Managers also audit 2% of every 10,000 signatures that first-level reviewers verify, election officials said, randomly selecting verified affidavits to check before each batch of ballots move on in processing.

An election worker makes calls to voters to cure their signatures in order for their ballots to count at Maricopa County Tabulation and Election Center on Nov. 13, 2022, in Phoenix.

What prior courts ruled in Lake's case

Maricopa County Superior Court Judge Peter Thompson dismissed the signature verification allegation because of a legal doctrine called "laches," prior to a two-day trial on other claims in Lake's case in December.

The laches doctrine prevents lawsuits that are delayed and bars challenges to election procedures after elections have taken place. Thompson noted that Lake's original lawsuit cited an April 2022 report from former Republican Attorney General Mark Brnovich that questioned signature verification systems, saying that by quoting the report, Lake was "on notice" about the issues and "offers no explanation for the delay" in filing her claim.

Read the ruling: Judge Peter Thompson's ruling on Page 7

Lake appealed Thompson's ruling dismissing her entire case, and the Court of Appeals affirmed Thompson's reasoning that the signature verification claim must be dismissed because Lake knew of the procedural issues before Election Day.

The Arizona Supreme Court, however, disagreed.

Read the ruling: Appeals court ruling on the issue on Page 10

What the Arizona Supreme Court said

"Contrary to the ruling of the trial court and the Court of Appeals opinion, this signature verification challenge is to the application of the policies, not to the policies themselves," the Supreme Court's opinion reads. "Therefore, it was erroneous to dismiss this claim under the doctrine of laches because Lake could not have brought this challenge before the election."

It sent the single remaining element of Lake's case back to Thompson, directing him to evaluate if Lake's claim was valid, or could be dismissed for another reason, and if she could prove enough votes were affected by the signature verification practices to alter the outcome of the election. That conclusion must come from math, "not simply an untethered assertion of uncertainty," the Supreme Court said.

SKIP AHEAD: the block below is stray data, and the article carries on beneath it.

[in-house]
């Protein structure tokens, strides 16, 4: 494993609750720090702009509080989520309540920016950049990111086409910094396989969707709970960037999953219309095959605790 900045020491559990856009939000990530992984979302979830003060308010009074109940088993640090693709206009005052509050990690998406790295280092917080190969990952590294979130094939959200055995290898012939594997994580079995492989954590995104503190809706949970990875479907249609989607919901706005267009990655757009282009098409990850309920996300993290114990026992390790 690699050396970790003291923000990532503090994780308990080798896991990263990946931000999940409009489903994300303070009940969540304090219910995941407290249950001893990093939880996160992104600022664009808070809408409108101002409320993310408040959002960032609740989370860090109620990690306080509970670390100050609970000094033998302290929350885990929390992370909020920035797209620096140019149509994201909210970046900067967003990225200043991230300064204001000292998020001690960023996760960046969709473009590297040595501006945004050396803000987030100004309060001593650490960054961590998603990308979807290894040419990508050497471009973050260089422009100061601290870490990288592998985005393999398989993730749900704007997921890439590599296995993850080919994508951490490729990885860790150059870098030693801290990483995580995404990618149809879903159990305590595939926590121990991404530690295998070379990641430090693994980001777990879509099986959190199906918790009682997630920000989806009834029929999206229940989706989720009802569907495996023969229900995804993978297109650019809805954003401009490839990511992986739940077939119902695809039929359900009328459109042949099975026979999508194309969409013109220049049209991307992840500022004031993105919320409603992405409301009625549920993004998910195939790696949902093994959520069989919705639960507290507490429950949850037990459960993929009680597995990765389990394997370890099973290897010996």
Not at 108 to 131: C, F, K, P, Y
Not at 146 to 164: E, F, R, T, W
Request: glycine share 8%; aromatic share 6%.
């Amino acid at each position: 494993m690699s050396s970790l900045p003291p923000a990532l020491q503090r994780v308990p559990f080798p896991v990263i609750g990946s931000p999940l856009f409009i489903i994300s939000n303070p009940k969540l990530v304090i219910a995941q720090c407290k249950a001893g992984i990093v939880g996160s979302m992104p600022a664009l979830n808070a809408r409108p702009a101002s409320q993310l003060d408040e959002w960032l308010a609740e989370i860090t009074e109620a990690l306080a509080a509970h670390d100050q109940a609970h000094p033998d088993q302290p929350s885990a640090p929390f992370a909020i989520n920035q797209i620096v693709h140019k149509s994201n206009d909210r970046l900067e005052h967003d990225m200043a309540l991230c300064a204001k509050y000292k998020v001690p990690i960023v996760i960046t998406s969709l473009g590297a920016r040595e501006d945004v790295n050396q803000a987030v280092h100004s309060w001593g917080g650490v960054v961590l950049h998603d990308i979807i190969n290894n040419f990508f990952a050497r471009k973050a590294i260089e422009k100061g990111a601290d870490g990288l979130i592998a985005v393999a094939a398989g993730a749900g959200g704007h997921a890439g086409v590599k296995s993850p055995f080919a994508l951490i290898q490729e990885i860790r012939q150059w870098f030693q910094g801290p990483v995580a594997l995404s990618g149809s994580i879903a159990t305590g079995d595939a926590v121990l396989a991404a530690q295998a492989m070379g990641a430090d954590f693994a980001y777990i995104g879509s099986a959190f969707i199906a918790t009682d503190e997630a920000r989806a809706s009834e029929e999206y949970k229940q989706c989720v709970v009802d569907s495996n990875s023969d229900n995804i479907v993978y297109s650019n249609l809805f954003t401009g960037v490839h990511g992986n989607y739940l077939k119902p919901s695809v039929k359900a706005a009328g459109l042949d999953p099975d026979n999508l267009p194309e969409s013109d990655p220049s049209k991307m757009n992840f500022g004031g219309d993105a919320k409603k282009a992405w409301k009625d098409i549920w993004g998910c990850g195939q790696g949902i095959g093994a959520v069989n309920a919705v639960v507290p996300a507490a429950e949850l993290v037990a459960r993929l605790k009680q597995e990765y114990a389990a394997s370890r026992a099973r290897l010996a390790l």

Mark Kokanovich, a Phoenix attorney with Ballard Spahr's political and election law group, said the court's ruling allows Lake to make her case based on the claims she's already outlined in court documents. Kokanovich is not involved in this case, and reviewed records at The Arizona Republic's request to help analyze the legal issue. (Lake's attorney and her spokespeople did not respond to requests for comment.)

"This is really giving Kari Lake every benefit of the doubt, to be able to go back at this stage and try to fortify this challenge with facts," Kokanovich said. "But the Maricopa County Recorder's Office will also be able to put on evidence about how they did follow the policies. We'll see what the evidence says, but coming up with the number of votes to actually impact the governor's race strains credulity at this point."

At CPAC:Kari Lake insults Democrats, holds to election denialism

What Maricopa County and Gov. Hobbs said

Maricopa County officials have staunchly defended their work in numerous lawsuits stemming from the November election. They've repeatedly said that Lake's case is without merit and that while no election runs perfectly, the November gubernatorial race was conducted according to state law and the results are valid.

More than 150 workers spent thousands of hours reviewing 1.5 million signatures during the November 2022 election, Republican Maricopa County Recorder Stephen Richer said in a statement. They found 18,510 questionable signatures after a multilevel review process, Richer said, but 15,411 of those were verified by calling, mailing, texting and emailing voters — the curing process mandated by state law.

"Those thousands of people can attest to the checks of our process, as can the over 150 bipartisan workers who reviewed signatures," Richer said. "Workers are always told that accuracy is the only important factor."

Read Maricopa County's response: County responds to Lake's lawsuit, with information on the signature verification arguments beginning on Page 6

Hobbs' attorneys have argued that Lake is misreading the signature verification law in arguing that the county used other signatures on file that weren't allowed for comparison. They contend that Lake's interpretation is that a voter registration file includes only a registration form, though there are multiple election documents and signatures in the file.

The legal team for Hobbs also noted that the Arizona Legislature in 2019 amended the law to give county recorders more signature verification options. Prior to 2019, the law said comparison signatures must only come from "the signature of the elector on his registration form.”

But after lawmakers passed Senate Bill 1054, the law allowed comparison to signatures in "the elector’s registration record." The bill was approved unanimously by the Republican-majority Legislature and signed into law by Republican Gov. Doug Ducey in April 2019.

What's next for Lake's election lawsuit?

Thompson issued an order Thursday outlining the path forward for the signature verification claim.

He directed lawyers for Lake, Hobbs and the county to file supplemental written arguments on the signature verification issue, due by March 28. He also said the lawyers should clear their calendars for a possible oral argument on March 30 if Thompson wants to hear more.

Given the direction of the Supreme Court, it is possible lawyers for the county and Hobbs could argue another legal ground for Thompson to dismiss the claim.

Reach reporter Stacey Barchenger at or 480-416-5669. Follow her on Twitter @sbarchenger.

Sasha Hupka covers Maricopa County, Pinal County and regional issues for The Arizona Republic with a focus on voting and democracy. Do you have a tip about elections or questions about voting? Reach her at Follow her on Twitter: @SashaHupka.